35 Picture Books to Teach Prediction
Explore picture books perfect to teach prediction. Making predictions helps your students engage with books and make connections with their own experiences and prior knowledge.
Teaching Prediction in the Classroom
Prediction is what the reader thinks will happen in the story and will be proved (or not) through continued reading. Predicting is like being a detective, using clues to figure what could happen next.
Prediction and inferring are interlinked comprehension strategies. Most predictions will be confirmed or not by continuing to read the book. Whereas, an inference is not always confirmed with further reading.
Both skills need the reader to use the clues they identify, evidence and their own prior knowledge to form a prediction or inference. Prediction takes practice as it involves thinking ahead to what may happen, before refining and revising theories.
Skills needed for prediction include recalling information read or seen, rereading, asking questions, inferring, drawing conclusions. These skills develop a reader’s comprehension skills, which help them make an educated guess of what will happen next.
Using picture books, particularly wordless ones, give your students the opportunity to use facts, reasoning and illustrations to make a prediction.
There is a list of prediction discussion questions below the book list. As you read, you could use vocabulary that models predicting, for example:
- I think/wonder/suppose/guess
- I think [character] will [guess] because
- Since [event] happened, I think [guess] will happen.
Use the graphic organizers to predict what will happen before, during, and after reading the book. Keep reading and use the text to confirm the predictions. Your students need to think about what will happen so they can refine and revise their theories.
These graphic organizers are designed to use with any fiction book. This could include picture books, read-alouds, chapter books and guided reading books. There is no prep involved!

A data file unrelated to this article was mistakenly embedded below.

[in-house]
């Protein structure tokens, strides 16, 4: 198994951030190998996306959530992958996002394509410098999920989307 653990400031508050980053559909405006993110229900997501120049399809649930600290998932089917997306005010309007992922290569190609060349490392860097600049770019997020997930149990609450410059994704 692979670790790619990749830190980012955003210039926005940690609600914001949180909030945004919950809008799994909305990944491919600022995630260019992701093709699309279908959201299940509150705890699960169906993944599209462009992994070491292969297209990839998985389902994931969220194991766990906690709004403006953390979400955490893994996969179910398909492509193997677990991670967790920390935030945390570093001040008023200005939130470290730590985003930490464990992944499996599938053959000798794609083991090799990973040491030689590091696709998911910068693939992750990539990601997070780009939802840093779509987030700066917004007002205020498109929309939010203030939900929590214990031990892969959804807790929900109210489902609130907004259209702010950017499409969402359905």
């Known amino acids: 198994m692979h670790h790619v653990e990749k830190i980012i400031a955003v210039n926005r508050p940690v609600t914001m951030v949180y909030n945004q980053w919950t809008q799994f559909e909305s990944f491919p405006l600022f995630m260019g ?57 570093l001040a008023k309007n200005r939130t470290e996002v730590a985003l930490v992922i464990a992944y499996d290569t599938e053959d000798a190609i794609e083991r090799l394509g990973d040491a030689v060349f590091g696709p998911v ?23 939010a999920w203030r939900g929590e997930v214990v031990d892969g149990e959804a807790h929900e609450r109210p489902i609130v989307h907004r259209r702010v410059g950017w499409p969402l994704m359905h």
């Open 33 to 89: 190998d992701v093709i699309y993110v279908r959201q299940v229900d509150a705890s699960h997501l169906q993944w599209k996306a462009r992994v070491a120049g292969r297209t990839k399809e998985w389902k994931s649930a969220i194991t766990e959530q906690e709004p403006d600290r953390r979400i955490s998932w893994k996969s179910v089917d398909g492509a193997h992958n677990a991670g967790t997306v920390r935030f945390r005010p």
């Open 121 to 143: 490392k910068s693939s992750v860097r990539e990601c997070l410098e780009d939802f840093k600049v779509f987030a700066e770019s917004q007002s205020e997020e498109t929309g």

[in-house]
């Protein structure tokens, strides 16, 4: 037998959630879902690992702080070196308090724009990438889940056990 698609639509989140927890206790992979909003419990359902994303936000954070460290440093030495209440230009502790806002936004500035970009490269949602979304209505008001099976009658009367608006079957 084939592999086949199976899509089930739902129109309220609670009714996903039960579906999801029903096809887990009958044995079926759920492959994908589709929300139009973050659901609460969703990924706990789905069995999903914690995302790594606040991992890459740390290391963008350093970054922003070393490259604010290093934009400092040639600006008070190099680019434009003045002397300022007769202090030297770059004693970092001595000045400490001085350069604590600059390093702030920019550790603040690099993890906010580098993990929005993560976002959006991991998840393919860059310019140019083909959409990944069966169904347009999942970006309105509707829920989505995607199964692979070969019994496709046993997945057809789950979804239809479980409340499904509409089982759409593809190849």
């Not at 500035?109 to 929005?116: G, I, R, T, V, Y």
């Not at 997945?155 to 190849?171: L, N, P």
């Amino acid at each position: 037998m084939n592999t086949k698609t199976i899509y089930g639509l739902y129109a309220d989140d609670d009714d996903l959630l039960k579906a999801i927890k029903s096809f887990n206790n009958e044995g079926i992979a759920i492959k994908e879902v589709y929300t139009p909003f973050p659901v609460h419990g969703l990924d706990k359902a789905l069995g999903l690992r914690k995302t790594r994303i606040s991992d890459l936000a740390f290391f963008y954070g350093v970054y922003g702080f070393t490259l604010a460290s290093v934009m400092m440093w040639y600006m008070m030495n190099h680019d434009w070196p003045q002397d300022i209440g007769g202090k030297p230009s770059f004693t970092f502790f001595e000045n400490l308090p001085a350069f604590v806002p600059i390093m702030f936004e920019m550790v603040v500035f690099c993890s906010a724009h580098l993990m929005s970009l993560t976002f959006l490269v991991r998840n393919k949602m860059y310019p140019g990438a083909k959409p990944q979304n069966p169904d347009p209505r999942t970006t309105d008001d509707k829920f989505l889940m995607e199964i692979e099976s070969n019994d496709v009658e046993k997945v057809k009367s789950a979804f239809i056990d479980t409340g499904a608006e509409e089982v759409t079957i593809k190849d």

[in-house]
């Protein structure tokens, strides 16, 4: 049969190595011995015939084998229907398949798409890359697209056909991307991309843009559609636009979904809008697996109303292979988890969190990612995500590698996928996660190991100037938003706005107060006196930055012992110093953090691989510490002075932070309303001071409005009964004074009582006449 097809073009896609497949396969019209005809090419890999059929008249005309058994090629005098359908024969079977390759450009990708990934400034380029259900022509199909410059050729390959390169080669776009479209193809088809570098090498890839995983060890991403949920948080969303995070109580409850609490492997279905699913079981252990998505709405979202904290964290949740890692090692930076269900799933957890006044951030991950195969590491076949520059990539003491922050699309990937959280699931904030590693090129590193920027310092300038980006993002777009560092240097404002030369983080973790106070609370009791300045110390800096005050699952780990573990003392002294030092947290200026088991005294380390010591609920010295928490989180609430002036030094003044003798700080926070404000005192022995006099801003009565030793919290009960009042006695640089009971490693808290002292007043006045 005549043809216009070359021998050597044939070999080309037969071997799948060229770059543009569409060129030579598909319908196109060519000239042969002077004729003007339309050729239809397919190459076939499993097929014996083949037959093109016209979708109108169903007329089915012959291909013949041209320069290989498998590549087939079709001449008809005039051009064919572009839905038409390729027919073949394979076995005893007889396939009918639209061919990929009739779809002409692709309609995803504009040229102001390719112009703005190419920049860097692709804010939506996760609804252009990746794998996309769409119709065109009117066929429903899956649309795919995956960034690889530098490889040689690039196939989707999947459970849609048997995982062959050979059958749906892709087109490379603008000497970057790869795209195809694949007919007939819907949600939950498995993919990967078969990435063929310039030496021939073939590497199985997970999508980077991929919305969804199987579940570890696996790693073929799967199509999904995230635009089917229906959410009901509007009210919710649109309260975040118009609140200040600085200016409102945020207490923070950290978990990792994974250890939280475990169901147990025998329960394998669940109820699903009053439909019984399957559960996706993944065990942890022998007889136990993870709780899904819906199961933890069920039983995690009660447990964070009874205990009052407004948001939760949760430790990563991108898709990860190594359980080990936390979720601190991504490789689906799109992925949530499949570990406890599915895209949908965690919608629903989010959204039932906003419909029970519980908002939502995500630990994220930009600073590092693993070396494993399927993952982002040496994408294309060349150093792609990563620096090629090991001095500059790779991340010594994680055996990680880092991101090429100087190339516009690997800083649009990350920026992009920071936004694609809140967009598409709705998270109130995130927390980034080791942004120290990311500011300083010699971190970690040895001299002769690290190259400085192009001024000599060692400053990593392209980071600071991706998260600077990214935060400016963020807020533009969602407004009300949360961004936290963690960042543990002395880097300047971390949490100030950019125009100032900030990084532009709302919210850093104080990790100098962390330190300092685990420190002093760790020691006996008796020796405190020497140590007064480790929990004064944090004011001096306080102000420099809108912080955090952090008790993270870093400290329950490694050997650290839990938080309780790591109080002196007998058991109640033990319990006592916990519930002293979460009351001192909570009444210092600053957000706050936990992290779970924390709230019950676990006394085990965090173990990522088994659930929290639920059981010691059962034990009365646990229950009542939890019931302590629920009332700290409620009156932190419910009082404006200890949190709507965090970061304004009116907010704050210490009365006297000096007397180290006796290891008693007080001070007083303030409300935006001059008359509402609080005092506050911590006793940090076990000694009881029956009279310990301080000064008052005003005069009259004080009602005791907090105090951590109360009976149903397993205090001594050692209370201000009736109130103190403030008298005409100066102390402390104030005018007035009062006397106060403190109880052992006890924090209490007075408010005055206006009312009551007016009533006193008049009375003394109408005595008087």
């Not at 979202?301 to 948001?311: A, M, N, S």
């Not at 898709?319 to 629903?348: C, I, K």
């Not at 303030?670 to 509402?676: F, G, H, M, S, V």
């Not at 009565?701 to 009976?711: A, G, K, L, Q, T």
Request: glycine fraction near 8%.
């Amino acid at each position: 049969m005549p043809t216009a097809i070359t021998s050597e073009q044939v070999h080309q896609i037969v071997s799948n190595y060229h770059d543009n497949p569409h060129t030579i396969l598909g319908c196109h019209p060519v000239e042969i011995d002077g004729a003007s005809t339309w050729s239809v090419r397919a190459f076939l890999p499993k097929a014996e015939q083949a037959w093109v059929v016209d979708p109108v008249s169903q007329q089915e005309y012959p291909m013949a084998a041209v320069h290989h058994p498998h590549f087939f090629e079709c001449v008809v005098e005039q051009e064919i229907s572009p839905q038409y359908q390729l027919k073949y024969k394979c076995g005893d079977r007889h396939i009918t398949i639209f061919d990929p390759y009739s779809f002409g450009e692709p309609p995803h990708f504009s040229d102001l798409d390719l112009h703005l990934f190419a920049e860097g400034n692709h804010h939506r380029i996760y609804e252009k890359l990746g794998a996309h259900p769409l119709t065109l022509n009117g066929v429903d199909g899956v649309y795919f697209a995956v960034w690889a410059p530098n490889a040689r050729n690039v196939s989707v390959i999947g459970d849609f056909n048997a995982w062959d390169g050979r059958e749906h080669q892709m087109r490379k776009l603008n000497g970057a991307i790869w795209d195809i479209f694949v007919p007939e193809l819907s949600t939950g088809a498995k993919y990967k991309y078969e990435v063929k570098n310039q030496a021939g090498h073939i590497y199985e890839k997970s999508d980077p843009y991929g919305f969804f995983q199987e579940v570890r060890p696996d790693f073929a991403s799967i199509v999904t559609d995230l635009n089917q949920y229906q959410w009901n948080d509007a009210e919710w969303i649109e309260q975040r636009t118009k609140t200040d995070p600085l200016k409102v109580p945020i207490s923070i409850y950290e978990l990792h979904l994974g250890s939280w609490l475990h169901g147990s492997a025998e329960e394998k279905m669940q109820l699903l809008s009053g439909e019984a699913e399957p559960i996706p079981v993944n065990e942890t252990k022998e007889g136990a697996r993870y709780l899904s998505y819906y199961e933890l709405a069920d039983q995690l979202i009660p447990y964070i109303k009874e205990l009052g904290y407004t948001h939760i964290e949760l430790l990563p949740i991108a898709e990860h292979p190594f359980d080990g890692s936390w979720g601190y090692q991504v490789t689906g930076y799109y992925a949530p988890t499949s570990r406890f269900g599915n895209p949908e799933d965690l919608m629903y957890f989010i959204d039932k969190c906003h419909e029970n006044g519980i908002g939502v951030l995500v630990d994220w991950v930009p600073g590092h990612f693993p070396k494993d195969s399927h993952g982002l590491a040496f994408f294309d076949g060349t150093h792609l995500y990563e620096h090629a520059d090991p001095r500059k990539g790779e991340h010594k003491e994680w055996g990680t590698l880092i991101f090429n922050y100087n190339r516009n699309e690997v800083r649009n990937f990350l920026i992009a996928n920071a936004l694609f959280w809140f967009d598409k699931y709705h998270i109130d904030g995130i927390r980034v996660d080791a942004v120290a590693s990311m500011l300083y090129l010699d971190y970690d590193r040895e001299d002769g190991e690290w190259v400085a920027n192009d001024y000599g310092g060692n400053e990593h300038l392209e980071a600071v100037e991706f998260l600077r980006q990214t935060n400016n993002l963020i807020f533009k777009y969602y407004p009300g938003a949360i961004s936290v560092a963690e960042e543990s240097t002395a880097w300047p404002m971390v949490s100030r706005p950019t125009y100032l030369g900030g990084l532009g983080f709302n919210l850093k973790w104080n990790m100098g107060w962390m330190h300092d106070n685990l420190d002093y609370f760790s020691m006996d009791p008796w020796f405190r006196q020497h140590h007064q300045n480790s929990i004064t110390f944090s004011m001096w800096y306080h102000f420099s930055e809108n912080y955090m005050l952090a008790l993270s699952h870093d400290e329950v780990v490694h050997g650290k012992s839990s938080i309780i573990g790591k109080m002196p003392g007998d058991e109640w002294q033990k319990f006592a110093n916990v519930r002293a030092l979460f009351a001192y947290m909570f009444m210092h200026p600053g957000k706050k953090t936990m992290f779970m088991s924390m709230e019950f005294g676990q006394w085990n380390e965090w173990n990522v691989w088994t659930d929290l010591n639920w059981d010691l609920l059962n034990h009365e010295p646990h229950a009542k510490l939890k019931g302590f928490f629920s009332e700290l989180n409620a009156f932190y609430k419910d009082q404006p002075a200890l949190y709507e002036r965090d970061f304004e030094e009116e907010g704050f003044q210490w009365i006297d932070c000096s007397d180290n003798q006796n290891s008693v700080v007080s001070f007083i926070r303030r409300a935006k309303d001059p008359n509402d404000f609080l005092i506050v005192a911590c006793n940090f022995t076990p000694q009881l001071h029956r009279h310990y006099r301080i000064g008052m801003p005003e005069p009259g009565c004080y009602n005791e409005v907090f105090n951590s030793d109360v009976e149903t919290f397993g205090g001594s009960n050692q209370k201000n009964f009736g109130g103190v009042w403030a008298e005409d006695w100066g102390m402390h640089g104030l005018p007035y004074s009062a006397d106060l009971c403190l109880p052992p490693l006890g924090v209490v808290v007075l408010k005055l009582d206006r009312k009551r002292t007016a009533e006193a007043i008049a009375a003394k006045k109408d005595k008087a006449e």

Picture Books to Teach Prediction
Amazing Grace by Mary Hoffman
Click, Clack, Moo Cows That Type by Doreen Cronin
Don't Let the Pigeon Drive the Bus! by Mo Willems
Du Iz Tak? by Carson Ellis
Elmer by David McKee
Enemy Pie by Derek Munson
Extra Yarn by Mac Barnett
Fossil by Bill Thomson
Henry’s Freedom Box by Ellen Levine
The Line by Paula Bossio
The Little Mouse, The Red Ripe Strawberry, and the Big Hungry Bear by Audrey Wood and Don Wood
The Royal Bee by Frances and Ginger Park
This is Not My Hat by Jon Klassen
Those Shoes by Maribeth Boelts
Tuesday by David Wiesner
Two Bad Ants by Chris Van Allsburg
Unspoken: A Story from the Underground Railroad by Henry Cole
Whistle for Willie by Ezra Jack Keats
Window by Marion Arbona
Prediction Discussion Questions
- What will [character] do next?
- Where will [character] go? Why?
- Why is [character]….?
- Why do you think [character]…?
- When did the situation/event happen?
- How do you know?
- How do you think [character] feels about the situation/event?
- Why was it important to [character] …?
- Why do you think [character] feels…?
- Why did [character] say…?
- Why made [character] behave/react in that way?
- What is [character] thinking about?
- Why doesn’t [character]…?
- Why did the author…?
- What do you think will happen next?
- Who do you think…?
Disclosure: This post contains affiliate links. If you purchase anything through them, I will get a small referral fee and you will be supporting me and my blog at no extra cost to you, so thank you! You can find more information here.